Education in Nigeria these days, especially higher education, has become an exclusive preserve of the rich but it should not be that way, activists said in an urgent appeal to the United Nations, begging the global body headquartered in New York to help end a lingering university strike in Africa’s most populous nation.
Why it matters: Nigeria is Africa’s top oil producer, and while millionaires and billionaires crisscross the world in private jets and send their sons and daughters to expensive private universities at home or fly them abroad, children of the poor often have to endure long strikes in public schools caused by poor fundings and poor treatment of university staff.
The Socio-Economic Rights and Accountability Project said the failure by the Nigerian government to reach an agreement with ASUU (Academic Staff Union of Universities) to end the current strike, which started in the first week in November 2018, has “implicitly made access to higher education a privilege of the rich and well-to-do rather than a right of every Nigerian child and young person”.
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This, SERAP explained, was because sons and daughters of millionaires and billionaires in expensive private schools continue to attend classes while those in public universities stay at home wondering when will a deal be reached.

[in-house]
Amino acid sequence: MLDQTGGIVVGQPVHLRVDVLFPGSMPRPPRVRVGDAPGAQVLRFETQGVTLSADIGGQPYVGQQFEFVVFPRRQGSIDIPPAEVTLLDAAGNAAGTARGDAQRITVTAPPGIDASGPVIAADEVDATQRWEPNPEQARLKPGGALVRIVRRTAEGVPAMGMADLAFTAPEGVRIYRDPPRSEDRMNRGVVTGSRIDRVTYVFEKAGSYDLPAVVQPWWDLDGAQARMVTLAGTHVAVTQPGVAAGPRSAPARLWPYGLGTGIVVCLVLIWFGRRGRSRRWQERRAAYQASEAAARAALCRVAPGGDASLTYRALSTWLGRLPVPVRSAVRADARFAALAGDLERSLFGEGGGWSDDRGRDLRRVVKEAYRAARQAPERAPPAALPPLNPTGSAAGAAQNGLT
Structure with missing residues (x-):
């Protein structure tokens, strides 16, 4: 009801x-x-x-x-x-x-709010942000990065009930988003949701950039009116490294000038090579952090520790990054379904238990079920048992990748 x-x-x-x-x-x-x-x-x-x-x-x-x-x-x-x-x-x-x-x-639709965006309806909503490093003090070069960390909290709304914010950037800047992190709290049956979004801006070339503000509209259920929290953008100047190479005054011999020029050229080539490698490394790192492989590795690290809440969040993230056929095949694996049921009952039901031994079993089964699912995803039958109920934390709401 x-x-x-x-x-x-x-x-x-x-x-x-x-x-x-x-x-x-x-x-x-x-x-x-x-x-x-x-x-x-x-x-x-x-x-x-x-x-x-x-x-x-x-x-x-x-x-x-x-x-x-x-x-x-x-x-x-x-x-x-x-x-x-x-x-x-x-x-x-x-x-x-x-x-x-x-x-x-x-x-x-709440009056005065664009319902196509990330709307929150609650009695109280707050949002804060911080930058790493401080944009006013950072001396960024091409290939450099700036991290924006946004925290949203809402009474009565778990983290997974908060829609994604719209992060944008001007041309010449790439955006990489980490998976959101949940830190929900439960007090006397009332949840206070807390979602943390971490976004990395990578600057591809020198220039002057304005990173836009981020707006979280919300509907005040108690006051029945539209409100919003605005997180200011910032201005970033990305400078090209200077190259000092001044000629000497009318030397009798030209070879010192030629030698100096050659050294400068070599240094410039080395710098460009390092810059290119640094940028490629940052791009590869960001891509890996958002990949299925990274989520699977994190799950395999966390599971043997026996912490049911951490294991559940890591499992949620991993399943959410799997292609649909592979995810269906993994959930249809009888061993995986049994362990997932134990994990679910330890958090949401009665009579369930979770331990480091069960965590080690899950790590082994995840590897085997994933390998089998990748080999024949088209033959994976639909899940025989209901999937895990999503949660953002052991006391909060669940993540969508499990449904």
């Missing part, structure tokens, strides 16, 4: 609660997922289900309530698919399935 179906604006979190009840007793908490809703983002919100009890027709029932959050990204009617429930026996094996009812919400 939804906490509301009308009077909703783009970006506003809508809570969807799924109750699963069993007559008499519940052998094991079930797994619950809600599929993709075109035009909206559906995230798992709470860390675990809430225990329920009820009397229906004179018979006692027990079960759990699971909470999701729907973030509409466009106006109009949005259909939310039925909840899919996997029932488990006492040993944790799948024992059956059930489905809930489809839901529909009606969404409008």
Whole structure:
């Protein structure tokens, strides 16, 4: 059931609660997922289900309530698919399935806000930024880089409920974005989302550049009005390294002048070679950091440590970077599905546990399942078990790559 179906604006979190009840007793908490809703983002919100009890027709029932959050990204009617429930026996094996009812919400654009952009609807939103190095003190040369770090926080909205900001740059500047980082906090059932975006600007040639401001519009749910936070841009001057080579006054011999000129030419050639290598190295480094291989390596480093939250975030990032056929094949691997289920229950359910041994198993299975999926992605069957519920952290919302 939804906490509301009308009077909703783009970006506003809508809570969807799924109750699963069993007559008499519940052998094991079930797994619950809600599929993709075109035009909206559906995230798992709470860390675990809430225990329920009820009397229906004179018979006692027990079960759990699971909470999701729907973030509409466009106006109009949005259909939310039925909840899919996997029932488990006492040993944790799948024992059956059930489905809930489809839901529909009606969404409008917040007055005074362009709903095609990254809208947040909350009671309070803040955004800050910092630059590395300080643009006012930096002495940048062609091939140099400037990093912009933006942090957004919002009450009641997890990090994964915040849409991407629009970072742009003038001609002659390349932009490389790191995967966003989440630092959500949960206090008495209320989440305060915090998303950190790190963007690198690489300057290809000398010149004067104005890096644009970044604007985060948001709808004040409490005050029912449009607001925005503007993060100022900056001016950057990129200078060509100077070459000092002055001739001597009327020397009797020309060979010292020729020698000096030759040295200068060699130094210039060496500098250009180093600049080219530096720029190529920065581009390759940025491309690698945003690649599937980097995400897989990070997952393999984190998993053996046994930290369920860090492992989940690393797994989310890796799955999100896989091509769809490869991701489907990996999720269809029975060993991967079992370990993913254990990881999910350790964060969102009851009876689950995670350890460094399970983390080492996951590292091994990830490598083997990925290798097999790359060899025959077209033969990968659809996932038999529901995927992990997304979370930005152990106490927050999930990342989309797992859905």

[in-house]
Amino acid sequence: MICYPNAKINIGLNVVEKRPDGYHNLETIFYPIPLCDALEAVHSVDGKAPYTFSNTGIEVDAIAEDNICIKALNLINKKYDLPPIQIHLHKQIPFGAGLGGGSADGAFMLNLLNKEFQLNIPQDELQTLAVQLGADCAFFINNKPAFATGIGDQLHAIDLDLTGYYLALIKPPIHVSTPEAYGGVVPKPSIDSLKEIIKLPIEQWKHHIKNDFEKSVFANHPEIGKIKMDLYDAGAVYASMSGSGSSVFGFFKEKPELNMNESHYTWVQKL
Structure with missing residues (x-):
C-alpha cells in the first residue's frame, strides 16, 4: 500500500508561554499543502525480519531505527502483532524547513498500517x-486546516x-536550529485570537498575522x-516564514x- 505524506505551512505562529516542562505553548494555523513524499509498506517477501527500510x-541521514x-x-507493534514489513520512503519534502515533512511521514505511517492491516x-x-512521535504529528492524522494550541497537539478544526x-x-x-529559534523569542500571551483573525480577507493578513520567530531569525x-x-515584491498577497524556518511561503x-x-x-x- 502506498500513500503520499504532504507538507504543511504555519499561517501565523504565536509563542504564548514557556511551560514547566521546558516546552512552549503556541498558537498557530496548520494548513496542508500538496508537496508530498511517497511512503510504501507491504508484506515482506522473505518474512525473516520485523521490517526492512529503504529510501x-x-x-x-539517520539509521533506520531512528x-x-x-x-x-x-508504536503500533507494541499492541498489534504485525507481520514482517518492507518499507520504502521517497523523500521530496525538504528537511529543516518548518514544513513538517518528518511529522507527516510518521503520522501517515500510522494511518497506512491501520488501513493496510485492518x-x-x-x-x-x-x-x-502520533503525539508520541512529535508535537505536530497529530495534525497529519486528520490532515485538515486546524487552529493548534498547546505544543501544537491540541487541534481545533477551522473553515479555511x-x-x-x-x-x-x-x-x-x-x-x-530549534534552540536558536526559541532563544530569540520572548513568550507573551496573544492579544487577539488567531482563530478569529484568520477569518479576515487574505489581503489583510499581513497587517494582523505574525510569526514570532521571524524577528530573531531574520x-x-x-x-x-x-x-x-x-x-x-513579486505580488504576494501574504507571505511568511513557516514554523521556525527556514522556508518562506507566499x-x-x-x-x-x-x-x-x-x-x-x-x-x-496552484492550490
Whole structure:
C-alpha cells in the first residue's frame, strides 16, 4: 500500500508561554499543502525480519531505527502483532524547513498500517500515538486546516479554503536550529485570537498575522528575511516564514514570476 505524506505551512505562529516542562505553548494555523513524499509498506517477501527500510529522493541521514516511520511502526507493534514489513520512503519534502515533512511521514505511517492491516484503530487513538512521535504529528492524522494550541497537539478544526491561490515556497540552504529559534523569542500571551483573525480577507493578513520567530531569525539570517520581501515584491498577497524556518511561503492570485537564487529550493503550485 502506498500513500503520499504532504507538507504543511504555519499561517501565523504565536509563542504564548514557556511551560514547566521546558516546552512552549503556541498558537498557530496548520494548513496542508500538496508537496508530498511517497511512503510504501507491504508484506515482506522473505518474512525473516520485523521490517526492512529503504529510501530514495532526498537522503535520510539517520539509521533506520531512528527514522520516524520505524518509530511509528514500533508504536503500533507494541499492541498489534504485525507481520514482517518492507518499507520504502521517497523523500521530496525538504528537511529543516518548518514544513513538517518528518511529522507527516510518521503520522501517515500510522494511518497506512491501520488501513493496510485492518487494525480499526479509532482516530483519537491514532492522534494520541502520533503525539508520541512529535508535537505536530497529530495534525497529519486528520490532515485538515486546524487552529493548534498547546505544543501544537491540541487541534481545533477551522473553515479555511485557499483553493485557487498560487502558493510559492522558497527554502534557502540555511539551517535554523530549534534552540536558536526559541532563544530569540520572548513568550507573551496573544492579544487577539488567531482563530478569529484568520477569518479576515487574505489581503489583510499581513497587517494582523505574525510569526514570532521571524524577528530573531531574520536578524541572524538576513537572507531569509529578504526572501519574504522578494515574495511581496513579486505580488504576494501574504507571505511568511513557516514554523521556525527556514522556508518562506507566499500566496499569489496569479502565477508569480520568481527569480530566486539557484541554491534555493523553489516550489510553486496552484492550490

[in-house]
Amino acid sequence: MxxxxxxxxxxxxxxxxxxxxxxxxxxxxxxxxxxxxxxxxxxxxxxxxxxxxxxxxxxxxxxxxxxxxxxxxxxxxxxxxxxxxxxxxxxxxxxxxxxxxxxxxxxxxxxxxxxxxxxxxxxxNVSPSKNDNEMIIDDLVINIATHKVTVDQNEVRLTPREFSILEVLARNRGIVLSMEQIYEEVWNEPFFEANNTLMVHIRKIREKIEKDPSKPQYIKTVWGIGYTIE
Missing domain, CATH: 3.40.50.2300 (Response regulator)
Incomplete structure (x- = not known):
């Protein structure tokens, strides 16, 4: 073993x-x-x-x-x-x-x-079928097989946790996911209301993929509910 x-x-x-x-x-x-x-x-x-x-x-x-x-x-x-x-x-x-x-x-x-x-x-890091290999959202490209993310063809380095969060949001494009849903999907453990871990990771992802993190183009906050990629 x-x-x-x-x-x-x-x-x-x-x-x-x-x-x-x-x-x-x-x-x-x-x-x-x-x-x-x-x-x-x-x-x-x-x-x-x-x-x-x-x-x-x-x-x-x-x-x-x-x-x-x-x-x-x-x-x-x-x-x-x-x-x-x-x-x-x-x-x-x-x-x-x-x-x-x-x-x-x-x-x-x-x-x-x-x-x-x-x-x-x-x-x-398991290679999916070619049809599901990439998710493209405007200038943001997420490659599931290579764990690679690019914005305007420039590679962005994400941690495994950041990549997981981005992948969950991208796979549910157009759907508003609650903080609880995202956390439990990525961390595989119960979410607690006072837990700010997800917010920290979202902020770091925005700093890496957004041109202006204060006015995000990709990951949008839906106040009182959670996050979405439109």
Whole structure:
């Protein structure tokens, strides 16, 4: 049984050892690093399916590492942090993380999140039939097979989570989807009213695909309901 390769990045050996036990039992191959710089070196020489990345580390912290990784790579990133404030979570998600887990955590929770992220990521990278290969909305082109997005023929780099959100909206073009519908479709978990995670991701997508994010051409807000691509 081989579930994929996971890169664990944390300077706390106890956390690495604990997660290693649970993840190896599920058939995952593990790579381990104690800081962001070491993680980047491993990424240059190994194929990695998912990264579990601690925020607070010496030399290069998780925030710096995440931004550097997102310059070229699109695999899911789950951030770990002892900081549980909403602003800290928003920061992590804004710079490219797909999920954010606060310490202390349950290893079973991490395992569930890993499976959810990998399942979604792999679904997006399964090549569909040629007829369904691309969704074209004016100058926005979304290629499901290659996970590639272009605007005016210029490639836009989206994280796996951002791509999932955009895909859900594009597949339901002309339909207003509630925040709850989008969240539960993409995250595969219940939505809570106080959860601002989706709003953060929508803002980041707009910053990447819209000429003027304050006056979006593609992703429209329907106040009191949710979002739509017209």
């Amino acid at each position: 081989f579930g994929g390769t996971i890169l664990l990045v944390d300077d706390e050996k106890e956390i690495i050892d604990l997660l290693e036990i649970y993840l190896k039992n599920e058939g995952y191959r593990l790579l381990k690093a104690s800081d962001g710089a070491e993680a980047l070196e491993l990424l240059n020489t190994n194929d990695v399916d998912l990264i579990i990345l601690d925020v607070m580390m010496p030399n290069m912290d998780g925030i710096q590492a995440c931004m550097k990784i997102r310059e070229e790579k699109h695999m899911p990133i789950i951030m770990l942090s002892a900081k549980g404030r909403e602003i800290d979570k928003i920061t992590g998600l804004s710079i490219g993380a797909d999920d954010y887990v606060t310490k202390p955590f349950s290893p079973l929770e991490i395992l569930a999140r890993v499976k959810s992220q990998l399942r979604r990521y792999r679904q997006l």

The letter dated 28 December 2018 and signed by SERAP senior legal adviser Bamisope Adeyanju was sent to two UN special rapporteurs, Ms. Koumbou Boly Barry, Special Rapporteur on the right to education and Professor Philip Alston, Special Rapporteur on extreme poverty and human rights.
The appeal said the strike “continues to have real and dire consequences on the right to higher education, specifically university education, as guaranteed by the International Covenant on Economic, Social and Cultural Rights, to which Nigeria is a state party.”
“By failing to prevent and end the ongoing strike action by ASUU, the Nigerian government has defied and breached the explicit requirements of the right to equal access to higher education by Nigerian children and young people, under article 13(2)(c) of the International Covenant on Economic, Social and Cultural Rights,” SERAP said, according to a statement sent to TODAY NEWS AFRICA in Washington D.C. by Ms Bamisope Adeyanju, SERAP Senior Legal Adviser.
According to SERAP, “The failure to end the ongoing strike action by ASUU is also a fundamental breach of the right to higher education without discrimination or exclusion, as strike actions continue to penalise economically disadvantaged parents who have no means or lack the capacity to pay to send their children to private schools”.
The organization added: “According to our information, members of ASUU suspended their academic responsibilities in the first week of November 2018, and weeks of negotiations with the Nigerian government since then have yielded no amicable settlement or agreement. ASUU is alleging failure by the Nigerian authorities to implement 2009 agreement and the 2013 Memorandum of Understanding.”
That agreement was meant to improve the work conditions of lecturers and other university staffers but years of failed promises have yielded no tangible results.